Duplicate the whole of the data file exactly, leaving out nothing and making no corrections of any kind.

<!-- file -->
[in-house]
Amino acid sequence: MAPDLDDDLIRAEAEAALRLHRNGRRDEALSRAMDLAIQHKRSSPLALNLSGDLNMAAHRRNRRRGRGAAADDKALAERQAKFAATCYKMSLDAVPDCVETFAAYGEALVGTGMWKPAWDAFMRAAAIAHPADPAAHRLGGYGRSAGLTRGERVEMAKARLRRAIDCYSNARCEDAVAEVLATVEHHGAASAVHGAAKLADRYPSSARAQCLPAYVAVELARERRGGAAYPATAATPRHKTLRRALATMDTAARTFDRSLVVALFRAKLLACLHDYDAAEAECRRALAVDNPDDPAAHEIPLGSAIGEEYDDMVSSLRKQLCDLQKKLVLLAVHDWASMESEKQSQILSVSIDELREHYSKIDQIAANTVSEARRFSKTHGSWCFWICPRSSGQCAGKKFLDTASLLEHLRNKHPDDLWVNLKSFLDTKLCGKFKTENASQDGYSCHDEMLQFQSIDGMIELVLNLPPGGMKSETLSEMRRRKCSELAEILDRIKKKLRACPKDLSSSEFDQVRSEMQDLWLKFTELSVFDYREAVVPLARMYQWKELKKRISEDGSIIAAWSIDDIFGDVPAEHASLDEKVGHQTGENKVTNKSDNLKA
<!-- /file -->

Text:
[in-house]
Amino acid sequence: MAPDLDDDLIRAEAEAALRLHRNGRRDEALSRAMDLAIQHKRSSPLALNLSGDLNMAAHRRNRRRGRGAAADDKALAERQAKFAATCYKMSLDAVPDCVETFAAYGEALVGTGMWKPAWDAFMRAAAIAHPADPAAHRLGGYGRSAGLTRGERVEMAKARLRRAIDCYSNARCEDAVAEVLATVEHHGAASAVHGAAKLADRYPSSARAQCLPAYVAVELARERRGGAAYPATAATPRHKTLRRALATMDTAARTFDRSLVVALFRAKLLACLHDYDAAEAECRRALAVDNPDDPAAHEIPLGSAIGEEYDDMVSSLRKQLCDLQKKLVLLAVHDWASMESEKQSQILSVSIDELREHYSKIDQIAANTVSEARRFSKTHGSWCFWICPRSSGQCAGKKFLDTASLLEHLRNKHPDDLWVNLKSFLDTKLCGKFKTENASQDGYSCHDEMLQFQSIDGMIELVLNLPPGGMKSETLSEMRRRKCSELAEILDRIKKKLRACPKDLSSSEFDQVRSEMQDLWLKFTELSVFDYREAVVPLARMYQWKELKKRISEDGSIIAAWSIDDIFGDVPAEHASLDEKVGHQTGENKVTNKSDNLKA